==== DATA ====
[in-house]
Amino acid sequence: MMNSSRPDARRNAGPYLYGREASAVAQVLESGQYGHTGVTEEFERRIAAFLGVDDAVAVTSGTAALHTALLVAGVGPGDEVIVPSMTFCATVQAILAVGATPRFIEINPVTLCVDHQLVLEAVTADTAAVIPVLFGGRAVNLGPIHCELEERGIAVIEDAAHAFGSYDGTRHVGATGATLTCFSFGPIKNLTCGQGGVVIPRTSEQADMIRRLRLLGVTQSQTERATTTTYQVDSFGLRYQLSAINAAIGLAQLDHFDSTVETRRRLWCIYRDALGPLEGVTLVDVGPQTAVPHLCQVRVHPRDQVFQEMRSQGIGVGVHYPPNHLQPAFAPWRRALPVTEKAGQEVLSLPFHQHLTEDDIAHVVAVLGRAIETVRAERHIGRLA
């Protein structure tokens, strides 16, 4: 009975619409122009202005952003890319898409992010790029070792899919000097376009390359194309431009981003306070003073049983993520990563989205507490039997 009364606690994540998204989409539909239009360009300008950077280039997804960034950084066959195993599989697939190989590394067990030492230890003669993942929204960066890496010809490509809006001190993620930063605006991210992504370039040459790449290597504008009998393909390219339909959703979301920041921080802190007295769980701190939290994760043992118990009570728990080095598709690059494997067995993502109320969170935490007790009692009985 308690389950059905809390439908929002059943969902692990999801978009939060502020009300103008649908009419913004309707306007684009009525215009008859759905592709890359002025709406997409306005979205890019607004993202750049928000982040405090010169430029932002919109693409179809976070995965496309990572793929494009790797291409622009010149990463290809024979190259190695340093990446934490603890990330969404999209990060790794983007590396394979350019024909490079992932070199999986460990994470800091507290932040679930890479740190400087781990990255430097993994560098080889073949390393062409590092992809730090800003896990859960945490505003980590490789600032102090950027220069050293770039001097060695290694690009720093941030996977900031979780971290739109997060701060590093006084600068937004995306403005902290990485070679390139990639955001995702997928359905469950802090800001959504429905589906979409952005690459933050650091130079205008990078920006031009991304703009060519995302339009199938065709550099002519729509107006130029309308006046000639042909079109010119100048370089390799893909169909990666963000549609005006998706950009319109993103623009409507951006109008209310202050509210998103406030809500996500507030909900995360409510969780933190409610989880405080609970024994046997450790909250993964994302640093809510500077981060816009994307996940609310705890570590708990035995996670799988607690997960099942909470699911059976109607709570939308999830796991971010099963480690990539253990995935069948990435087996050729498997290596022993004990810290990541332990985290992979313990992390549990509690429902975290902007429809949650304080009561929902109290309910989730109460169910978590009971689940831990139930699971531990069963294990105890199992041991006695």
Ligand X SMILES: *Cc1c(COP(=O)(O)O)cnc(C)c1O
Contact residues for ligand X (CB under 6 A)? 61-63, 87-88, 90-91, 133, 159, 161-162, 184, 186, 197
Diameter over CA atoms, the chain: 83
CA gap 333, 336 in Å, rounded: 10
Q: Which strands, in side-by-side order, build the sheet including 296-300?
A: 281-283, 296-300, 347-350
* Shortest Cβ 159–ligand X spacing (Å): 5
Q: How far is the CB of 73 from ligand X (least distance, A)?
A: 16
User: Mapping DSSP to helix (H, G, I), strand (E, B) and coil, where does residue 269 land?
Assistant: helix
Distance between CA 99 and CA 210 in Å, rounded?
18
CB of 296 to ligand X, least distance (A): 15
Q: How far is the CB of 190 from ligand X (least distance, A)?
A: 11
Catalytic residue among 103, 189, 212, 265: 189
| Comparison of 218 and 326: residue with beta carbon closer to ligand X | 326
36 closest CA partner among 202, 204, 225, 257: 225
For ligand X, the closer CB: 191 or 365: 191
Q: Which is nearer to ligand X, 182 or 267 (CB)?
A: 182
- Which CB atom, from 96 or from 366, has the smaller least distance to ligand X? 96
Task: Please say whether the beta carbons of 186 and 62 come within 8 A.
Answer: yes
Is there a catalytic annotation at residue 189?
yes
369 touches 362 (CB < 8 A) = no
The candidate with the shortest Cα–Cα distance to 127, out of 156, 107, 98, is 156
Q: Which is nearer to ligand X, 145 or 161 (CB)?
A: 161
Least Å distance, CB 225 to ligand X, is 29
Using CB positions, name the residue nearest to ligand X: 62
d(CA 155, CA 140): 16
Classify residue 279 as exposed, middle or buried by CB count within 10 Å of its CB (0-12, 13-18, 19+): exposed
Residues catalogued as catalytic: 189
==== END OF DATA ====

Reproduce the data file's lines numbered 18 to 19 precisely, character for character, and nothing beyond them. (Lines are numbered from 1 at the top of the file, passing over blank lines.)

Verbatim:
Q: How far is the CB of 190 from ligand X (least distance, A)?
A: 11